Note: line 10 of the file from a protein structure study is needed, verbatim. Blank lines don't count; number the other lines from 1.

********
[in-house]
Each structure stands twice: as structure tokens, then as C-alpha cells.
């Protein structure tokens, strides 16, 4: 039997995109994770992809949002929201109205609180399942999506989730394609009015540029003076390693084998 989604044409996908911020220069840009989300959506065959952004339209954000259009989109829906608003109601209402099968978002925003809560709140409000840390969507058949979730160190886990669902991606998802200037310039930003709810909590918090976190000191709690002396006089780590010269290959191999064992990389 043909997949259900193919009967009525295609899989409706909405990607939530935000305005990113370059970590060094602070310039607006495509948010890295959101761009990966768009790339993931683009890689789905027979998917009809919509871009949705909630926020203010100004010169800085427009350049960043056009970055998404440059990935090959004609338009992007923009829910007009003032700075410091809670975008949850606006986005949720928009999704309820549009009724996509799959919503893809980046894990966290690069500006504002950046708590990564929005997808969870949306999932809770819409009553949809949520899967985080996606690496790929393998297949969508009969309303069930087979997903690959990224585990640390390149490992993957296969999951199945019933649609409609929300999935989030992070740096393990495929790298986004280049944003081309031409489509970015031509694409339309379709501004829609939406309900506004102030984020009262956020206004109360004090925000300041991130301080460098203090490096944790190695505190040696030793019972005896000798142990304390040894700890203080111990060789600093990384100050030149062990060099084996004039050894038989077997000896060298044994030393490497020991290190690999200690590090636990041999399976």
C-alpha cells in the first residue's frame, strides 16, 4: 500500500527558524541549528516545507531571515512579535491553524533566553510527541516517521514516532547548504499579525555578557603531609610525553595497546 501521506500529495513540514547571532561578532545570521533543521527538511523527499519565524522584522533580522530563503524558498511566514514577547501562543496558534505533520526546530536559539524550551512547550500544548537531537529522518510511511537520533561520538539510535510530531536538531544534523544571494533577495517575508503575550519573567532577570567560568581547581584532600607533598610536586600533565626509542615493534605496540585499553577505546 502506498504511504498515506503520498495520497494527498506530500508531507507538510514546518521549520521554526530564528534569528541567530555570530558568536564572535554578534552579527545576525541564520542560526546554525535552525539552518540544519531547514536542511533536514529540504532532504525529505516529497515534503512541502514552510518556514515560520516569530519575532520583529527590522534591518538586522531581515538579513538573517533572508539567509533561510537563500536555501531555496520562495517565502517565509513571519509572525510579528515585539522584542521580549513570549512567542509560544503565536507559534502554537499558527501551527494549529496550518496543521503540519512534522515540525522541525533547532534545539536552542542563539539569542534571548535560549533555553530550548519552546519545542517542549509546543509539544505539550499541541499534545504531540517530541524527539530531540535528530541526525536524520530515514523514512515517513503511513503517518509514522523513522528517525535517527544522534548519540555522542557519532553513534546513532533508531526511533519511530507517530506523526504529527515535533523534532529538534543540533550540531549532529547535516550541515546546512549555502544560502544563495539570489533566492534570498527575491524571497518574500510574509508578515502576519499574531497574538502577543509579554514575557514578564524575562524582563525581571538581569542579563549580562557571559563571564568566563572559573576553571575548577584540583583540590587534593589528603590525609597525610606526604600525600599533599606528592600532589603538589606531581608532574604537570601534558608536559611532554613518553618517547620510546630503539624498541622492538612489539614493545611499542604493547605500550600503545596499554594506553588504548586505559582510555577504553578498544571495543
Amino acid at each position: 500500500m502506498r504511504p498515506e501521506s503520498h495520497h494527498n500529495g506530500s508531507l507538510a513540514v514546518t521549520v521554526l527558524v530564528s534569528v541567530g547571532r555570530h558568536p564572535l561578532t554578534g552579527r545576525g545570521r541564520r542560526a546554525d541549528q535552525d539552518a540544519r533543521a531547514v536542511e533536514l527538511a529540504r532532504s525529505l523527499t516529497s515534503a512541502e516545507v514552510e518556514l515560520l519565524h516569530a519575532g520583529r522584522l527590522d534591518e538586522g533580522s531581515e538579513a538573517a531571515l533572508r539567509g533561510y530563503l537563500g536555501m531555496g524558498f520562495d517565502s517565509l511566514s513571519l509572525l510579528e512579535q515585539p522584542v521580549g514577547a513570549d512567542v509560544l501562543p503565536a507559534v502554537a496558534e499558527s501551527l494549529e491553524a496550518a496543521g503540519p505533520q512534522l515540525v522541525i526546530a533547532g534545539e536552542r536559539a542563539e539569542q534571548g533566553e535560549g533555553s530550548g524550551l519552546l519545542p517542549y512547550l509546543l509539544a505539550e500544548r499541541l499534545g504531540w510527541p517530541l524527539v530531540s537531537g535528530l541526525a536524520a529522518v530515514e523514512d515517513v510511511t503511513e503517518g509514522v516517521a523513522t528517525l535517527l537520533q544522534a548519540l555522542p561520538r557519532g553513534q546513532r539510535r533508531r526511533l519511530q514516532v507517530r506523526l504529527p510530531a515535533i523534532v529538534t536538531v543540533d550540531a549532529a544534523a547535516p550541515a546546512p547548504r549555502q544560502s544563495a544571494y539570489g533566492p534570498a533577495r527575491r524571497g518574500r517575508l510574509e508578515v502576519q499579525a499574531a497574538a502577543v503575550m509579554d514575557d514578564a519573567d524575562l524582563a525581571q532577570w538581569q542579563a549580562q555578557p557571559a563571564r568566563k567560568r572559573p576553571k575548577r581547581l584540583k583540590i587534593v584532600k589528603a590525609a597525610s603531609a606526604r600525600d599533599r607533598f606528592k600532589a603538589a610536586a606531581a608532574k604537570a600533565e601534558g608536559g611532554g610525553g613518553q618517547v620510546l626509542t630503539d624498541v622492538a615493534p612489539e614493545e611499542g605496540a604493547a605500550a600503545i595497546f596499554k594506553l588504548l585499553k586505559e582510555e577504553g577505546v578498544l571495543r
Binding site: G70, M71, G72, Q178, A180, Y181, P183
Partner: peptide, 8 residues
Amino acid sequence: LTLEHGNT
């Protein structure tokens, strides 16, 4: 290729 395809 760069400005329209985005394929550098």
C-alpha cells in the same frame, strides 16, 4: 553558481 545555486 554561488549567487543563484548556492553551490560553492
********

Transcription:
C-alpha cells in the same frame, strides 16, 4: 553558481 545555486 554561488549567487543563484548556492553551490560553492